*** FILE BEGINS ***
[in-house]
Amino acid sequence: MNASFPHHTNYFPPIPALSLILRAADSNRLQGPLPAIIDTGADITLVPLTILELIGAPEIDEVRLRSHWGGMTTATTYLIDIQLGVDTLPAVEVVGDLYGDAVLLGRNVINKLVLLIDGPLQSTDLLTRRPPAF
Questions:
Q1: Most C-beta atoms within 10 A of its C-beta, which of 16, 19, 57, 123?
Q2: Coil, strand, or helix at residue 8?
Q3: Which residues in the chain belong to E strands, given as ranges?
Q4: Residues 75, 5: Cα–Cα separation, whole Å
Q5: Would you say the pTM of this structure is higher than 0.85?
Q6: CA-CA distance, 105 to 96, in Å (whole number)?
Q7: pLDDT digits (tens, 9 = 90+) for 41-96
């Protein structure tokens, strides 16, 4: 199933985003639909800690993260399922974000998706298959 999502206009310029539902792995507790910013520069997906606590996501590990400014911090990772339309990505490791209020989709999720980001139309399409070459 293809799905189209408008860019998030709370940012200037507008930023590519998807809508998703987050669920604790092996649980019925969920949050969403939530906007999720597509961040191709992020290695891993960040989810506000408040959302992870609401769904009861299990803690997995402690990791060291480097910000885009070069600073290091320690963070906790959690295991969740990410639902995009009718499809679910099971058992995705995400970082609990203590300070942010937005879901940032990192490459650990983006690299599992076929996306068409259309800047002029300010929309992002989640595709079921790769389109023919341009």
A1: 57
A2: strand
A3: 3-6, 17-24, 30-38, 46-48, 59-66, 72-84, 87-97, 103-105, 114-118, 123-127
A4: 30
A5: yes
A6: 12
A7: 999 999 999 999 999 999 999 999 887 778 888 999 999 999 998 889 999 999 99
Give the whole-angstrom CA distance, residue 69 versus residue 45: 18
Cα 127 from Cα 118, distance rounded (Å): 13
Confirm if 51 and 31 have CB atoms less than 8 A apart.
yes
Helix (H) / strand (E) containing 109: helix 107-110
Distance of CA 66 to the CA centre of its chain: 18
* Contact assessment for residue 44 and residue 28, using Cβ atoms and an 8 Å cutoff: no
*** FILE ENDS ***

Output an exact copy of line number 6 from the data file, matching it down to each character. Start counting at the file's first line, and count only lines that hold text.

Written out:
Q3: Which residues in the chain belong to E strands, given as ranges?